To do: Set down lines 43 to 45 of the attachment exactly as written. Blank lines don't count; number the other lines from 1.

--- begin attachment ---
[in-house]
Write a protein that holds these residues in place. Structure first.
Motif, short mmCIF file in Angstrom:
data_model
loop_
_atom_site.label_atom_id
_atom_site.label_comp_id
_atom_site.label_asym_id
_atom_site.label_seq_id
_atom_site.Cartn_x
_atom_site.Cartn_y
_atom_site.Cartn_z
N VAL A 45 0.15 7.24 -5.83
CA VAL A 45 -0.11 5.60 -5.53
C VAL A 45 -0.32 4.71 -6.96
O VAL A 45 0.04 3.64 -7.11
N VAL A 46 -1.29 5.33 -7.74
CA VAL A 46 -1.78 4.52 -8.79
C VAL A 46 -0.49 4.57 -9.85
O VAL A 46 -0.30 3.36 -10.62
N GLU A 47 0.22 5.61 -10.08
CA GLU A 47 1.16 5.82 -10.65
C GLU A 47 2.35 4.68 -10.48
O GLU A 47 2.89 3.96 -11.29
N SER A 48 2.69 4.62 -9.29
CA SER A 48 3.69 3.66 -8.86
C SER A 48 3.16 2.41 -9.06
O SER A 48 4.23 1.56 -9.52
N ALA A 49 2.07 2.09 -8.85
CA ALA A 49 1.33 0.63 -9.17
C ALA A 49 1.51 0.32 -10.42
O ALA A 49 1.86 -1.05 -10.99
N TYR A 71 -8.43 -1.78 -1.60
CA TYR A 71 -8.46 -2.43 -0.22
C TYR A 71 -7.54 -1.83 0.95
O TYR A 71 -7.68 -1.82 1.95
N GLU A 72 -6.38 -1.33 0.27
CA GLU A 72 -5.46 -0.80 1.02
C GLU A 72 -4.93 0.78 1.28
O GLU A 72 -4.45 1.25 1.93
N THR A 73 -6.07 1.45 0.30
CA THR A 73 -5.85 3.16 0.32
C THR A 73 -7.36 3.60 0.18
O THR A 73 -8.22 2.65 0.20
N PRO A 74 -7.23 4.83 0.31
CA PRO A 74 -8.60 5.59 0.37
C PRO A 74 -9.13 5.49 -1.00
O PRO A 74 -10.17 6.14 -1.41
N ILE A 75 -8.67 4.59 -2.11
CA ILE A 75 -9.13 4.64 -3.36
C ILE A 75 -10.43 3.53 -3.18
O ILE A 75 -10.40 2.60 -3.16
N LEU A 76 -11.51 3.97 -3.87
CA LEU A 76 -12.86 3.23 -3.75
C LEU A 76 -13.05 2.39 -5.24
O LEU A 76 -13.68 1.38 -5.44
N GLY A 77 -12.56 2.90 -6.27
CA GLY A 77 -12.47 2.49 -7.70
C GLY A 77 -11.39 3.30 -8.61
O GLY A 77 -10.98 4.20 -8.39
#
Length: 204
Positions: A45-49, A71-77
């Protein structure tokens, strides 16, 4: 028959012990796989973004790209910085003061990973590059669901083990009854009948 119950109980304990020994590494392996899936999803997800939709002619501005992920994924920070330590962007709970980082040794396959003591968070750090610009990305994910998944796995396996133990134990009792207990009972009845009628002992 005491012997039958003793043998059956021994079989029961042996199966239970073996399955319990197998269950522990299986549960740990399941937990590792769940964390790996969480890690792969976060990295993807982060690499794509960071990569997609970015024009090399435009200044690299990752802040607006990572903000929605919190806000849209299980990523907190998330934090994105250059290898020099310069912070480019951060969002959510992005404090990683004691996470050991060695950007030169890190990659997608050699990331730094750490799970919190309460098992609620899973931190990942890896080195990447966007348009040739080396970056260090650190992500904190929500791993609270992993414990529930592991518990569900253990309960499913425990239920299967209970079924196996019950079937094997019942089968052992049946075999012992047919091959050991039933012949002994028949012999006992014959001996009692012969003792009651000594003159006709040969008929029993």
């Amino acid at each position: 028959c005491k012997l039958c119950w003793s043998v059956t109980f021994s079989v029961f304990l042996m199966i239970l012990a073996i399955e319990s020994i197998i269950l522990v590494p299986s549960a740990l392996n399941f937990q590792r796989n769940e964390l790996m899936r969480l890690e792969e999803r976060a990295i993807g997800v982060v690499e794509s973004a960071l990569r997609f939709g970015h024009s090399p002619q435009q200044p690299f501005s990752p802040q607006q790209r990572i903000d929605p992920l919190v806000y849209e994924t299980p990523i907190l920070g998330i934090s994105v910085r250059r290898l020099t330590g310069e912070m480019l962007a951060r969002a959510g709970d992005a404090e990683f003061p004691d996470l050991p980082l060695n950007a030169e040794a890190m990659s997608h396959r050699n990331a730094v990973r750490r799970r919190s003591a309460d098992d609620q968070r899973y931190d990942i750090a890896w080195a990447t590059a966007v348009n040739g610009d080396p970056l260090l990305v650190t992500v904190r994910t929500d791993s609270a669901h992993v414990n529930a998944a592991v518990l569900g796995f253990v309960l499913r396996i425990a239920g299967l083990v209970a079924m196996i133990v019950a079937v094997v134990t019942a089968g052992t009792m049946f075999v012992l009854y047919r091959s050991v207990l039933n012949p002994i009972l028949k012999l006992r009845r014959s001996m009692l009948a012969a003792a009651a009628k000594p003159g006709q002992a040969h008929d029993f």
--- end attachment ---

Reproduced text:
C THR A 73 -7.36 3.60 0.18
O THR A 73 -8.22 2.65 0.20
N PRO A 74 -7.23 4.83 0.31